My primary goal as a teacher is to prepare students for engaged and meaningful engagement with Christian faith in public life. I aim to equip my students with (1) knowledge of ethical methodology and salient moral issues that concern Christian faith and public life, (2) the ability to articulate clear and nuanced arguments supported by evidence and analysis, and (3) practical skills necessary for public engagement, especially writing, oral presentation, critical and imaginative thinking, and information literacy. These concrete skills are critical for participating in constructive dialogue across religious, cultural, and political difference. I pursue these aims through pedagogical methods that emphasize dialogue and public action.
I teach in the Theology department and the Peace and Justice program program at Saint Anselm College, including courses in Christian Social Ethics, Liberation Theology, and Theories of Peace & Justice. I also teach in the Conversatio, the college’s nationally-recognized first-year humanities program. Prior to my service at Saint Anselm College, I facilitated the Symposium on Religion and Politics at the Boisi Center for Religion and American Public Life. This interdisciplinary seminar explored important texts and speeches on religious liberty in the United States with graduate and undergraduate students.
I actively seek opportunities for teaching formation. As a faculty member at Saint Anselm College, I participate in the Center for Teaching Excellence (CTE). Dedicated to developing and enriching faculty teaching and mentoring at the college, the CTE offers mentoring, seminars, events, and focus groups on salient instructional themes. During the 2013-2014 academic year, I participated in a CTE-sponsored interest group dedicated to enriching the college’s civic engagement curriculum. In May 2014, I received a grant from the Balfour Foundation through the Meelia Center at Saint Anselm College to develop service learning courses at the college.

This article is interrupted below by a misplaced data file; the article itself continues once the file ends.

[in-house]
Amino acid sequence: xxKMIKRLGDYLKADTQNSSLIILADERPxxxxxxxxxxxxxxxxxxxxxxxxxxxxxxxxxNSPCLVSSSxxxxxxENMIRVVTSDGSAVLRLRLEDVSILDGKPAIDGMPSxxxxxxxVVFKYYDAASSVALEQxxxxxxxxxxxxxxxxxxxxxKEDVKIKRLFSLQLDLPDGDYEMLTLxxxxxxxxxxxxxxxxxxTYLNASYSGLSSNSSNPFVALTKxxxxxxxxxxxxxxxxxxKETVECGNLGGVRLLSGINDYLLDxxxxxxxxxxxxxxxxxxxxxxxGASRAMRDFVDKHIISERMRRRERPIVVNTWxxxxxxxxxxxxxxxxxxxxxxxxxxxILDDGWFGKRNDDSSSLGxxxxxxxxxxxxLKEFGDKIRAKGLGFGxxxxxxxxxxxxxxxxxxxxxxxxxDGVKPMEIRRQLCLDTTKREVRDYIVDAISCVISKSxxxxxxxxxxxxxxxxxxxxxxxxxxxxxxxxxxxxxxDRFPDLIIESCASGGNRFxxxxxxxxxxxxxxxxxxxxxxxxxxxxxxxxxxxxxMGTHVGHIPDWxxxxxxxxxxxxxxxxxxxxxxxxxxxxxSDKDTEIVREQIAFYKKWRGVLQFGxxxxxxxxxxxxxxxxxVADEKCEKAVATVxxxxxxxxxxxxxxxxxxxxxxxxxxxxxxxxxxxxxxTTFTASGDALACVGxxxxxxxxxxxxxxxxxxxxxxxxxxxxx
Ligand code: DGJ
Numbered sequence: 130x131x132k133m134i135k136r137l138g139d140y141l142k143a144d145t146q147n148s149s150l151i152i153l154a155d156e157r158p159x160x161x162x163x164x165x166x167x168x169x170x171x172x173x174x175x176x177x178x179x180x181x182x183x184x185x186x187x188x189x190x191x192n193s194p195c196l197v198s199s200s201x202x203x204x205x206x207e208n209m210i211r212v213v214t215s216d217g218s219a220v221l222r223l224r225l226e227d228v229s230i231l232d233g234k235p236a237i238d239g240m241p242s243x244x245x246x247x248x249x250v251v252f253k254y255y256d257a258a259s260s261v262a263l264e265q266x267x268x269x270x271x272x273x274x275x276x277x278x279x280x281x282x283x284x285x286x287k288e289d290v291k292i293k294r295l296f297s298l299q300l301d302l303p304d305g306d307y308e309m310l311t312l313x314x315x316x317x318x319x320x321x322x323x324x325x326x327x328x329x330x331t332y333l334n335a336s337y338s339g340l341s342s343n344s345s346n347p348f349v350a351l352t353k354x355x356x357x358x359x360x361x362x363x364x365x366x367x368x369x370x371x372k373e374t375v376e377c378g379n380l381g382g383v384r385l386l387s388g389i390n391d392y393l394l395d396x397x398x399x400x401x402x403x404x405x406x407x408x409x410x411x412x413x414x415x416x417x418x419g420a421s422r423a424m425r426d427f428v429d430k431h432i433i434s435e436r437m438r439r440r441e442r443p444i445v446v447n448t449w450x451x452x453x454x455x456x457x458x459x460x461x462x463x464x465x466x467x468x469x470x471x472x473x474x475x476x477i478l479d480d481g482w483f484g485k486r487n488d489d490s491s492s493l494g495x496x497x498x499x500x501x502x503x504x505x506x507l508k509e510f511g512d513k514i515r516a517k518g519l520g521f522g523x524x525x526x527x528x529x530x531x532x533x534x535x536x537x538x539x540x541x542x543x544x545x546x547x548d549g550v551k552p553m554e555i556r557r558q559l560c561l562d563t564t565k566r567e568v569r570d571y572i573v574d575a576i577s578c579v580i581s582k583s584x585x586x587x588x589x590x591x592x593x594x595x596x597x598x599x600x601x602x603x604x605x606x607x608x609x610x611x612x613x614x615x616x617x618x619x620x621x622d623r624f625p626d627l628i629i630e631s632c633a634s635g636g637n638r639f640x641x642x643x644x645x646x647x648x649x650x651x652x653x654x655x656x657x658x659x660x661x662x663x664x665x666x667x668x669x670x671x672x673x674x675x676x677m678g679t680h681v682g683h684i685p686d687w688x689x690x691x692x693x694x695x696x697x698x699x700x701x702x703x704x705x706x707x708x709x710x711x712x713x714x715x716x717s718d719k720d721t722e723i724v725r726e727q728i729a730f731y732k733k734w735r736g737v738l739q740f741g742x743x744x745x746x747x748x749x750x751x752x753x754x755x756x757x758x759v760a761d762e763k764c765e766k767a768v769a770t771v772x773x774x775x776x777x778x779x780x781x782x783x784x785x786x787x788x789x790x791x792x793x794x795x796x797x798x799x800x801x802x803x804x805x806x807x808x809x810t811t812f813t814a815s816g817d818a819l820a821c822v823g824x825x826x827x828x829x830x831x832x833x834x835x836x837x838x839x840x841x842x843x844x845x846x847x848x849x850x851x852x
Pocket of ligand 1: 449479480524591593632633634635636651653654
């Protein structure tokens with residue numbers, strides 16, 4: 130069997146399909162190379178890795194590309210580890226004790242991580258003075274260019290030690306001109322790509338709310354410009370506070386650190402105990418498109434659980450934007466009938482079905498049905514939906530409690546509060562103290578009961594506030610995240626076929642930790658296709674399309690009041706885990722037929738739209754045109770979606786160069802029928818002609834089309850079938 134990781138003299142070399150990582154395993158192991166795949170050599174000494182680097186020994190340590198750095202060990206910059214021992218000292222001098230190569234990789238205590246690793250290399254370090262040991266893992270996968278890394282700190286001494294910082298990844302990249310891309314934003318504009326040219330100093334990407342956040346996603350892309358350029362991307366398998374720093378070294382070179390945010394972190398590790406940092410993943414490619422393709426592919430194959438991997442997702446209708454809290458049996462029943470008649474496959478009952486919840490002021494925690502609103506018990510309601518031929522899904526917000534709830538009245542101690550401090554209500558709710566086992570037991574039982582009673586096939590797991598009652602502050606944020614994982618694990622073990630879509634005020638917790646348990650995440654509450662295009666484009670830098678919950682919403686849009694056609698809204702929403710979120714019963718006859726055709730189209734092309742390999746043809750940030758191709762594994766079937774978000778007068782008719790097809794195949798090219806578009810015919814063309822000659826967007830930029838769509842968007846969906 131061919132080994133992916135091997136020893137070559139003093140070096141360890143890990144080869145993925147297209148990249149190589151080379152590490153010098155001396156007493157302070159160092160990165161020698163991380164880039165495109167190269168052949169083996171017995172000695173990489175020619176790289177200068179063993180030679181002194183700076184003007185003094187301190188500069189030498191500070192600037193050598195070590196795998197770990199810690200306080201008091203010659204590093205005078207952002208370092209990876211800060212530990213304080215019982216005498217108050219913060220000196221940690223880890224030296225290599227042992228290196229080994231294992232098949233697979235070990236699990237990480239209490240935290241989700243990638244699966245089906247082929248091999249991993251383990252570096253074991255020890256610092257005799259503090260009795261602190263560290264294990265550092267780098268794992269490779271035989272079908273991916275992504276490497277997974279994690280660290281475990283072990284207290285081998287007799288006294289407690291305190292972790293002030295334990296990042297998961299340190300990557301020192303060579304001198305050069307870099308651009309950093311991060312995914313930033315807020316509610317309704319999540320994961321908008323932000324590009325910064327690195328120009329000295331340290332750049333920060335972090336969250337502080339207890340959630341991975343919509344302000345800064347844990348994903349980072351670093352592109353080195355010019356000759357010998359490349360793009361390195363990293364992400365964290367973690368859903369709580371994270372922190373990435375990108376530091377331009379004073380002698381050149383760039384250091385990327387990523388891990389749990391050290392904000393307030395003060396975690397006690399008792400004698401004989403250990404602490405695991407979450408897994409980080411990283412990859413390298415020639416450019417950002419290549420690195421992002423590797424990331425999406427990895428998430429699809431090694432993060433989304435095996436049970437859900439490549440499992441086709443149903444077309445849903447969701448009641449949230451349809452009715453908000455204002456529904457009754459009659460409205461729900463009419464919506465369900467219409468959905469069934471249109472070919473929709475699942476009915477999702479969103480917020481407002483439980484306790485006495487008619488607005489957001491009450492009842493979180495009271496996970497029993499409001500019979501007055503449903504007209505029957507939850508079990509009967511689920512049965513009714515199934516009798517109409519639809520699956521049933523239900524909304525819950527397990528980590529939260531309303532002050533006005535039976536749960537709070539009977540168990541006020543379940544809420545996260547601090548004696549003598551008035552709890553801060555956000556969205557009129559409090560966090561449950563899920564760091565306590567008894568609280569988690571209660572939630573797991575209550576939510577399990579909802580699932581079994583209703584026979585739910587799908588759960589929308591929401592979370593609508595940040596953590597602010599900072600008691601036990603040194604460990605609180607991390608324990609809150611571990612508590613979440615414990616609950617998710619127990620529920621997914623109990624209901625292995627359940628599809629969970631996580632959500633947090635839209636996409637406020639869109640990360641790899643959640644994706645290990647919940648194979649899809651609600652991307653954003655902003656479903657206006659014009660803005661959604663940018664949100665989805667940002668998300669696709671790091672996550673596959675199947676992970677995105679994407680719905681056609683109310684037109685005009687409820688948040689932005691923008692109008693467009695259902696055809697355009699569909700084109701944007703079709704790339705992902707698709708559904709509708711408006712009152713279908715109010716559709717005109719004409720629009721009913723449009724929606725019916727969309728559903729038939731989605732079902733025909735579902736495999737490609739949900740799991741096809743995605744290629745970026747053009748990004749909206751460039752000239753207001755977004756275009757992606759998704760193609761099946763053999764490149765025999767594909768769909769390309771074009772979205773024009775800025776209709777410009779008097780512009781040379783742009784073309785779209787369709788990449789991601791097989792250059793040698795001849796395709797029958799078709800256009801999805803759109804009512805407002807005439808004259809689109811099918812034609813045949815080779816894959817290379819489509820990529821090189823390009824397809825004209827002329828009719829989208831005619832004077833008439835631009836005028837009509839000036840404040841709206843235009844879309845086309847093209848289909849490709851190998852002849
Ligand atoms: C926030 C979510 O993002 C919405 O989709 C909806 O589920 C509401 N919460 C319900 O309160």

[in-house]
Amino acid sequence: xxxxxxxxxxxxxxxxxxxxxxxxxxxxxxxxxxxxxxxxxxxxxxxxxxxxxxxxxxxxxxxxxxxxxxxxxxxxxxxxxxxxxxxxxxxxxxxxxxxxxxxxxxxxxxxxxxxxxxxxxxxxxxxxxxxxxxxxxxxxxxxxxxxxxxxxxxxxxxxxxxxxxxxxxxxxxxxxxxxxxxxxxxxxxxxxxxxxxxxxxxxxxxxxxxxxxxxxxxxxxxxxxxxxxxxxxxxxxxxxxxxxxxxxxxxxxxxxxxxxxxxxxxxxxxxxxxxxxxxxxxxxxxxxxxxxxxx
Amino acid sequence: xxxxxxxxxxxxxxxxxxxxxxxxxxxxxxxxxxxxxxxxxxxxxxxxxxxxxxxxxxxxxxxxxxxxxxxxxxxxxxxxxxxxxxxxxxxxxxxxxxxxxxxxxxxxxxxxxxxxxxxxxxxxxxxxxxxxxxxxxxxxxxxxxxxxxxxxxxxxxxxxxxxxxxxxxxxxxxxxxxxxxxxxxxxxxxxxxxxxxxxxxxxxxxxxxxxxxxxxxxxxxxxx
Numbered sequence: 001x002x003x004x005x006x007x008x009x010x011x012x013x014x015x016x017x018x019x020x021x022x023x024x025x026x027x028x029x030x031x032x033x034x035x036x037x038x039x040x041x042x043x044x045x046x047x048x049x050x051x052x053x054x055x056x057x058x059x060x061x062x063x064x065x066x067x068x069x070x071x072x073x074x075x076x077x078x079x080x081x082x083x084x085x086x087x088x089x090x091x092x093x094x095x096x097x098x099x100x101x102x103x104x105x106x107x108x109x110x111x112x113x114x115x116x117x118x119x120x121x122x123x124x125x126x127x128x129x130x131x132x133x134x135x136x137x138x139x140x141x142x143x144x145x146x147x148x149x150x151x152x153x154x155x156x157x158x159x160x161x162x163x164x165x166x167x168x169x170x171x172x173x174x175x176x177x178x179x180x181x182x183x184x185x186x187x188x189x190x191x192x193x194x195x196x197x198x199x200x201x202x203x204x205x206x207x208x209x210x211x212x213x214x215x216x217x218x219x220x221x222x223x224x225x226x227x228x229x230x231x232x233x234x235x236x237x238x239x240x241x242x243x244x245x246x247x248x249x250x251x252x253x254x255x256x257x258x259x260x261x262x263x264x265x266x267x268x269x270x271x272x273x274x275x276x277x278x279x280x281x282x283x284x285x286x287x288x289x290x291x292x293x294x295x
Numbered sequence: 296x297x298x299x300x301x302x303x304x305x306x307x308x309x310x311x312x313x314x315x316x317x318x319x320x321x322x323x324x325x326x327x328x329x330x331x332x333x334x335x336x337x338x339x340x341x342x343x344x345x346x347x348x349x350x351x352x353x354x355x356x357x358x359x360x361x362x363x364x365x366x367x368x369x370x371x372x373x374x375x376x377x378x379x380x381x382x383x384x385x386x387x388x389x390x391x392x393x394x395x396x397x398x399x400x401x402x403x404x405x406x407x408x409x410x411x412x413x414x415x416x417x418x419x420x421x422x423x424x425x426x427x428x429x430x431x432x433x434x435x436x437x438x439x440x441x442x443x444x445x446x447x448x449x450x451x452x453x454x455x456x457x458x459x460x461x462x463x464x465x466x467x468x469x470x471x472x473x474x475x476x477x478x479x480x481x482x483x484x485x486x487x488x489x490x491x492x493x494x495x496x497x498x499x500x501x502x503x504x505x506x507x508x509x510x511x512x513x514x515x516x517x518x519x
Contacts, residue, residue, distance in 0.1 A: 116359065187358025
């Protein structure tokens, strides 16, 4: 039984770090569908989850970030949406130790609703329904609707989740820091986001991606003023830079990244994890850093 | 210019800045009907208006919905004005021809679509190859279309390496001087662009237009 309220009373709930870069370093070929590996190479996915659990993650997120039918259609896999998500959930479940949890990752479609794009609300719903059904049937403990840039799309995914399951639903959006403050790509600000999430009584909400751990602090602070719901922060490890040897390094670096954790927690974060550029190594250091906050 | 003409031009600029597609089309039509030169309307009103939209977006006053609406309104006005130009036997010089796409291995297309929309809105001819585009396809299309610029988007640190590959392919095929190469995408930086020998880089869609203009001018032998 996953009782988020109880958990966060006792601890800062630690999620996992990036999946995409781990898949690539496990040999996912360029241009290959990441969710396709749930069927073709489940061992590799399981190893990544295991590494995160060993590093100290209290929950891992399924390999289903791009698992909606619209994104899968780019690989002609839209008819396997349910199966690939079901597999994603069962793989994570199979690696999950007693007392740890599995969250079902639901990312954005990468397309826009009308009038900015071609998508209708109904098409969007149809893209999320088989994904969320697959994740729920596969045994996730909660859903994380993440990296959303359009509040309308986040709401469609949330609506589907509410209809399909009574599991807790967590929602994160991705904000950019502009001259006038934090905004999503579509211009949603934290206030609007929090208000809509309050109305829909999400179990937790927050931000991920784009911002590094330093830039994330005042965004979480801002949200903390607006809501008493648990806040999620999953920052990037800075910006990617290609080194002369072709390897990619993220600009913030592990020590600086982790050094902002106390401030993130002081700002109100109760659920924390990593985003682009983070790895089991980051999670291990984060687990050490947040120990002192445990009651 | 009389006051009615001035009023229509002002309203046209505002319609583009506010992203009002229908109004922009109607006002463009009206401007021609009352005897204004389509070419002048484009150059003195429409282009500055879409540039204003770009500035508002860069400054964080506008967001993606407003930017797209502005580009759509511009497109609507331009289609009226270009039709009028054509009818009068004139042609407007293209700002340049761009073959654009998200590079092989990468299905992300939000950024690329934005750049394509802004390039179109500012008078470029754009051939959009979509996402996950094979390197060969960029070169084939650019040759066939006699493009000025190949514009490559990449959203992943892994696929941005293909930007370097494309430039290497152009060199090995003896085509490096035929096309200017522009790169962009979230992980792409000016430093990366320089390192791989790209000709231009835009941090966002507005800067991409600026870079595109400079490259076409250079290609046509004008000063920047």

I completed the Apprenticeship in College Teaching (ACT) certificate program at the Boston College Connors Family Learning Center. ACT participants develop practical skills in syllabus design, student evaluation, classroom management, and performance assessment that are essential for instruction in the college classroom. Participants also have the opportunity to conduct a formal classroom observation of a Boston College professor and to be observed in the classroom environment. The ACT curriculum culminates with the production of a teaching portfolio showcasing the participant’s teaching credentials.
Additionally, I have completed coursework in pedagogy and theologies of education under the supervision of Dr. Yolanda Smith, former assistant professor of religious education at Yale Divinity School.
TH 285 – Christian Social Ethics
TH 285 – Liberation Theology
HU 103/014 – Conversatio
PJ 301 – Theories of Peace & Justice
Symposium on Religion and Politics